67. Sojourn in Egypt. — Jealousy arising between Jacob’s twelve sons, one of them, Joseph, was sold by his heartless brothers as a slave, but he eventually became the prime minister of the king of Egypt. Soon again a famine broke out. Jacob sent his sons to Egypt to find relief. Here they were recognized by Joseph. He invited his father, Jacob, to come with his whole offspring and settle in Egypt.“ Seventy souls ” they arrived and found in the northeast corner, the region of Gessen (Goshen), a congenial dwelling place. All this happened under the Hyksos kings (§ 29). In Gessen the Children of Israel grew into a large people.
But the time came when the Hyksos rulers were dislodged by the native princes of Thebes. “There arose a new king who knew not Joseph.” Might not the numerous Israelites, in the case of a new attack of nomads from the northeast, side with the invaders? So a systematic persecution began. The king “made their life bitter with hard work in clay and brick and with all manner of service” (Exodus, I, 14). Finally he ordered killed all the male infants born of Israelite mothers.

58. The Exodus. — Among those saved from royal brutality was Moses, whom God eventually chose to lead His people out of the “house of bondage” into the land which He had promised to their forefathers, Abraham, Isaac, and Jacob. But the “ten plagues of Egypt”
had to come, before Pharaoh was inclined to do the bidding of the God of Israel.

The people first turned to the fastnesses of Mount Sinai, where God renewed with them the covenant He had made with their patriarchal ancestors. Under thunder and lightning He gave to them the Ten Commandments, which are chiefly a wonderfully concise and yet complete code of the natural law. They promised to observe it faithfully, together with all the ceremonial and other laws which Moses would make known to them. God in return promised them a special care, such as He did not bestow on any other nation. “They shall be My people and I will be their God.” He added pledges of temporal prosperity and of an independent national existence. Above all He renewed the promise given to Abraham, that the Redeemer of the world would be born from among their number. They were to have the honor of keeping ready for Him a place where the worship of the true God would be actually practiced.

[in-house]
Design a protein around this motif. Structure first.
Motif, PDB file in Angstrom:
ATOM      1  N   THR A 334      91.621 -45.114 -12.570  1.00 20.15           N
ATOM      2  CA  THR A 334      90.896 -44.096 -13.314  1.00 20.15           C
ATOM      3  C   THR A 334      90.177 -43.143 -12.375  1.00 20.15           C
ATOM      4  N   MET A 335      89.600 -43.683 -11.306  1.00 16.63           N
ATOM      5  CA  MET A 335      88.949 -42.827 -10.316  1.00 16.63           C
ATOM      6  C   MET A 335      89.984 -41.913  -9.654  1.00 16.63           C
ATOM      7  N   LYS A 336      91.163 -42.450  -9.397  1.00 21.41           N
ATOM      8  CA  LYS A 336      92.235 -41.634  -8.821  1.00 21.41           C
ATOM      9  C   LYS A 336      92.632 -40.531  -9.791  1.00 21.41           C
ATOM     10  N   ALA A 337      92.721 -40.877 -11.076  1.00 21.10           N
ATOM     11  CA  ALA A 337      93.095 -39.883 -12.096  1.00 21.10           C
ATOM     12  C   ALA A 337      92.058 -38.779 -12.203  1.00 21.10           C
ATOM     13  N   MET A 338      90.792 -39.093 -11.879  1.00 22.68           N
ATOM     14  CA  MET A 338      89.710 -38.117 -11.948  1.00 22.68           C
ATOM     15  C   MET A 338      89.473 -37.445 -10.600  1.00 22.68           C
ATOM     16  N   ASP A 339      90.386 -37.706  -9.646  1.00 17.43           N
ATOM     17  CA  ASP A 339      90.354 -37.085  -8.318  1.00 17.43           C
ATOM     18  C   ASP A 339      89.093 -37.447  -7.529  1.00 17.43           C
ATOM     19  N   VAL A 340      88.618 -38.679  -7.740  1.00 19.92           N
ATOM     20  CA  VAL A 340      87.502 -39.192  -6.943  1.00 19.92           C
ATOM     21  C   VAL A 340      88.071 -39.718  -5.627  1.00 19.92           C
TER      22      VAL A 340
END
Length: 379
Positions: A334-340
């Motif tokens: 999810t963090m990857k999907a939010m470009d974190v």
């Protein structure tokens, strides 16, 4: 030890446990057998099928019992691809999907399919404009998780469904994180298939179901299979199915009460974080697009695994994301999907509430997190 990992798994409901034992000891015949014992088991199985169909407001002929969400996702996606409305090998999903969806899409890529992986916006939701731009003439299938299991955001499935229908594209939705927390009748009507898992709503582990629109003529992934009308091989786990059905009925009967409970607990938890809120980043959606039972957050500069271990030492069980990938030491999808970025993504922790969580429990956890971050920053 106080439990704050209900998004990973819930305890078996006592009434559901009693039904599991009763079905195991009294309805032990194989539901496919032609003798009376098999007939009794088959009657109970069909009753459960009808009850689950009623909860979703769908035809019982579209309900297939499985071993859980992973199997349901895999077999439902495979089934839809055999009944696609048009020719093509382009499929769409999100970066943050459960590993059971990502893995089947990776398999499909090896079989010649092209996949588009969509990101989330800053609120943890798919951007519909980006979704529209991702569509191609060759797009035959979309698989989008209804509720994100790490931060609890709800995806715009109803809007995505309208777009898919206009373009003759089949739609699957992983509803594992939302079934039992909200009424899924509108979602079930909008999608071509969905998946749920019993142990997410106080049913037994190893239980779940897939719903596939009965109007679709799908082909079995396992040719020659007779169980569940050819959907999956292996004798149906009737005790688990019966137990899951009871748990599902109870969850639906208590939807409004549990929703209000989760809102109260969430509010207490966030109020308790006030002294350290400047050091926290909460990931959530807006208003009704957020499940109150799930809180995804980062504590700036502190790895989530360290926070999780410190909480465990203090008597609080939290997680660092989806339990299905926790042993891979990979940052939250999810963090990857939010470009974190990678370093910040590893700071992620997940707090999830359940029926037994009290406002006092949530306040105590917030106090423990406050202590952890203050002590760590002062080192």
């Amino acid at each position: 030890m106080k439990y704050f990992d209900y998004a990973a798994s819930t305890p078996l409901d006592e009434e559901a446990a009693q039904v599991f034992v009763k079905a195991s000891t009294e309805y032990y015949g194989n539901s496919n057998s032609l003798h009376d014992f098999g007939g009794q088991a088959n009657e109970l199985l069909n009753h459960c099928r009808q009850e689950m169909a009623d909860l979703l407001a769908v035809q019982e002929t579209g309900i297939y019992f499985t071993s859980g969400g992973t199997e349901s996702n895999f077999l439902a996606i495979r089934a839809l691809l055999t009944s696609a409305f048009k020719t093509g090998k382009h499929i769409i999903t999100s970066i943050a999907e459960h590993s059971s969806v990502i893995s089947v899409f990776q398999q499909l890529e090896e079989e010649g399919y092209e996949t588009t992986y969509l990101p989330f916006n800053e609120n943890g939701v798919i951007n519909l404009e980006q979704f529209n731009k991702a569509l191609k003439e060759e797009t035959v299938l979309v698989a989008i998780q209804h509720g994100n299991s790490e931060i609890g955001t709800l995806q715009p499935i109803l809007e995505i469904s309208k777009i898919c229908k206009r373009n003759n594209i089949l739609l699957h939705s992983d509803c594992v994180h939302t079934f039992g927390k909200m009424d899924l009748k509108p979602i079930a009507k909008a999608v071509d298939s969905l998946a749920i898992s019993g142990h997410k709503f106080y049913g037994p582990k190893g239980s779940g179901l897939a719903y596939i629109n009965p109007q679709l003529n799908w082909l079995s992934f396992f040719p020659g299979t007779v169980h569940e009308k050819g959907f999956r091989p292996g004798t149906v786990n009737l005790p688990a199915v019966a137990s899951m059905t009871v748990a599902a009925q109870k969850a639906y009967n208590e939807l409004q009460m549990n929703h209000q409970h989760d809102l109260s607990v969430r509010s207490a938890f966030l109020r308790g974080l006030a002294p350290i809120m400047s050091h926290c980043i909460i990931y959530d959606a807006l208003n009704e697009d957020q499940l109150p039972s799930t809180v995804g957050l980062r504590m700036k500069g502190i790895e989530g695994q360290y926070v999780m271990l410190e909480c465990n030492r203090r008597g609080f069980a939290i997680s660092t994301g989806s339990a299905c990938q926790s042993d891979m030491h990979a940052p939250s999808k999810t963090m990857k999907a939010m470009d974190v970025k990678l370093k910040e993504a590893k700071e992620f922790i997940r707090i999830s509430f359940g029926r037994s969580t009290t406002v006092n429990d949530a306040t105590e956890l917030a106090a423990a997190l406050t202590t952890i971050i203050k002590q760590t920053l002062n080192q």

Then began a forty years’ wandering in the desert, during which they were miraculously fed by the manna. In these years Moses perfected the “Law,” consisting of detailed ceremonial, civil, and political regulations. After Moses’ death a new generation entered the Promised Land and undertook its conquest under the leadership of Josue. The corrupt population of Palestine had long provoked the wrath of the Almighty. The land was now divided among the Children of Israel according to their twelve tribes. Contrary to the injunction of God, they did not destroy all the former settlers. The survivors of the latter, though subject to Israel, proved very unfortunate neighbors. Chiefly by mixed marriages, they frequently seduced numerous Israelites to idolatry and the gross immorality connected therewith. (See §54.)